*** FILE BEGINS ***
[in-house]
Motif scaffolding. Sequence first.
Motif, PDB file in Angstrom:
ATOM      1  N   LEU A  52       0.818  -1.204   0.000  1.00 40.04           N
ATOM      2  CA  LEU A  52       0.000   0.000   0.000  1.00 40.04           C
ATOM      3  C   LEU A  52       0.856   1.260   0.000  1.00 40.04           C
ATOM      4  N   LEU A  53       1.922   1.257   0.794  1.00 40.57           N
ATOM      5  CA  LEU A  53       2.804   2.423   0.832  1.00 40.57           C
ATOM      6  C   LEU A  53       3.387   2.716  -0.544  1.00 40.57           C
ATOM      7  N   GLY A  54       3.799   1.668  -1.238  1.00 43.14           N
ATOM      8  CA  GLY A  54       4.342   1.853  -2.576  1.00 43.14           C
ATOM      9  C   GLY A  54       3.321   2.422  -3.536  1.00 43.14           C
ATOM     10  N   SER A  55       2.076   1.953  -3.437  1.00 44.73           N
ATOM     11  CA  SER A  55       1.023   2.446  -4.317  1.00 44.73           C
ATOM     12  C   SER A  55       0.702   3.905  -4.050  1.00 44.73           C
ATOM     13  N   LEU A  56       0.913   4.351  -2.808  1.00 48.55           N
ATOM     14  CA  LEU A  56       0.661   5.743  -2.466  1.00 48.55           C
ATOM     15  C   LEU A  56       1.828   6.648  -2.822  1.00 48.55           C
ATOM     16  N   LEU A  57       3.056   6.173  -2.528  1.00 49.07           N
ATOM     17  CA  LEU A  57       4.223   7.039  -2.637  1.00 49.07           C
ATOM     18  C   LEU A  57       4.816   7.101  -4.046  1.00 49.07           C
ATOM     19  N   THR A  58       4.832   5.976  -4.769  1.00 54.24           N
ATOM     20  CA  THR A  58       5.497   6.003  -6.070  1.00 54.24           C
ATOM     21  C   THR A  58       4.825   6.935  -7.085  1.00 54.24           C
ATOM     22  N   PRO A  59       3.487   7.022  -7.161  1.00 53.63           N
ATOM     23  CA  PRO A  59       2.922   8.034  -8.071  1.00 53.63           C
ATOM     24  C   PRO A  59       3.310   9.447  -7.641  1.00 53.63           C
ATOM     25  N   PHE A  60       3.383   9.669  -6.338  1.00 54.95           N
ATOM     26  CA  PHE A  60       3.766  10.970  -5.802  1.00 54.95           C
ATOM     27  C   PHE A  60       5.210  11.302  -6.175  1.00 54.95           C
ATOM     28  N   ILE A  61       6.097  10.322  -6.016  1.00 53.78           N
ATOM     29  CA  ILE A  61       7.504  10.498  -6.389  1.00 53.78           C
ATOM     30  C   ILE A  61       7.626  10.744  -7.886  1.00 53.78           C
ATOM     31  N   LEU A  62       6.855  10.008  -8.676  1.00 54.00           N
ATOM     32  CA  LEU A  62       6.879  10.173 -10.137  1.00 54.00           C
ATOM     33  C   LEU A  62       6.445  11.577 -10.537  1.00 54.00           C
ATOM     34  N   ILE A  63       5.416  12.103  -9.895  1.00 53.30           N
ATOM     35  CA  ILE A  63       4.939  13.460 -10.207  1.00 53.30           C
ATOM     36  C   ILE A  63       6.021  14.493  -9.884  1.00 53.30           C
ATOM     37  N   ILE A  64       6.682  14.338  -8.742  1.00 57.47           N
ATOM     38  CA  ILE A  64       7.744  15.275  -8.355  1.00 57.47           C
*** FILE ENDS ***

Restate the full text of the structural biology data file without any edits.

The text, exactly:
[in-house]
Motif scaffolding. Sequence first.
Motif, PDB file in Angstrom:
ATOM      1  N   LEU A  52       0.818  -1.204   0.000  1.00 40.04           N
ATOM      2  CA  LEU A  52       0.000   0.000   0.000  1.00 40.04           C
ATOM      3  C   LEU A  52       0.856   1.260   0.000  1.00 40.04           C
ATOM      4  N   LEU A  53       1.922   1.257   0.794  1.00 40.57           N
ATOM      5  CA  LEU A  53       2.804   2.423   0.832  1.00 40.57           C
ATOM      6  C   LEU A  53       3.387   2.716  -0.544  1.00 40.57           C
ATOM      7  N   GLY A  54       3.799   1.668  -1.238  1.00 43.14           N
ATOM      8  CA  GLY A  54       4.342   1.853  -2.576  1.00 43.14           C
ATOM      9  C   GLY A  54       3.321   2.422  -3.536  1.00 43.14           C
ATOM     10  N   SER A  55       2.076   1.953  -3.437  1.00 44.73           N
ATOM     11  CA  SER A  55       1.023   2.446  -4.317  1.00 44.73           C
ATOM     12  C   SER A  55       0.702   3.905  -4.050  1.00 44.73           C
ATOM     13  N   LEU A  56       0.913   4.351  -2.808  1.00 48.55           N
ATOM     14  CA  LEU A  56       0.661   5.743  -2.466  1.00 48.55           C
ATOM     15  C   LEU A  56       1.828   6.648  -2.822  1.00 48.55           C
ATOM     16  N   LEU A  57       3.056   6.173  -2.528  1.00 49.07           N
ATOM     17  CA  LEU A  57       4.223   7.039  -2.637  1.00 49.07           C
ATOM     18  C   LEU A  57       4.816   7.101  -4.046  1.00 49.07           C
ATOM     19  N   THR A  58       4.832   5.976  -4.769  1.00 54.24           N
ATOM     20  CA  THR A  58       5.497   6.003  -6.070  1.00 54.24           C
ATOM     21  C   THR A  58       4.825   6.935  -7.085  1.00 54.24           C
ATOM     22  N   PRO A  59       3.487   7.022  -7.161  1.00 53.63           N
ATOM     23  CA  PRO A  59       2.922   8.034  -8.071  1.00 53.63           C
ATOM     24  C   PRO A  59       3.310   9.447  -7.641  1.00 53.63           C
ATOM     25  N   PHE A  60       3.383   9.669  -6.338  1.00 54.95           N
ATOM     26  CA  PHE A  60       3.766  10.970  -5.802  1.00 54.95           C
ATOM     27  C   PHE A  60       5.210  11.302  -6.175  1.00 54.95           C
ATOM     28  N   ILE A  61       6.097  10.322  -6.016  1.00 53.78           N
ATOM     29  CA  ILE A  61       7.504  10.498  -6.389  1.00 53.78           C
ATOM     30  C   ILE A  61       7.626  10.744  -7.886  1.00 53.78           C
ATOM     31  N   LEU A  62       6.855  10.008  -8.676  1.00 54.00           N
ATOM     32  CA  LEU A  62       6.879  10.173 -10.137  1.00 54.00           C
ATOM     33  C   LEU A  62       6.445  11.577 -10.537  1.00 54.00           C
ATOM     34  N   ILE A  63       5.416  12.103  -9.895  1.00 53.30           N
ATOM     35  CA  ILE A  63       4.939  13.460 -10.207  1.00 53.30           C
ATOM     36  C   ILE A  63       6.021  14.493  -9.884  1.00 53.30           C
ATOM     37  N   ILE A  64       6.682  14.338  -8.742  1.00 57.47           N
ATOM     38  CA  ILE A  64       7.744  15.275  -8.355  1.00 57.47           C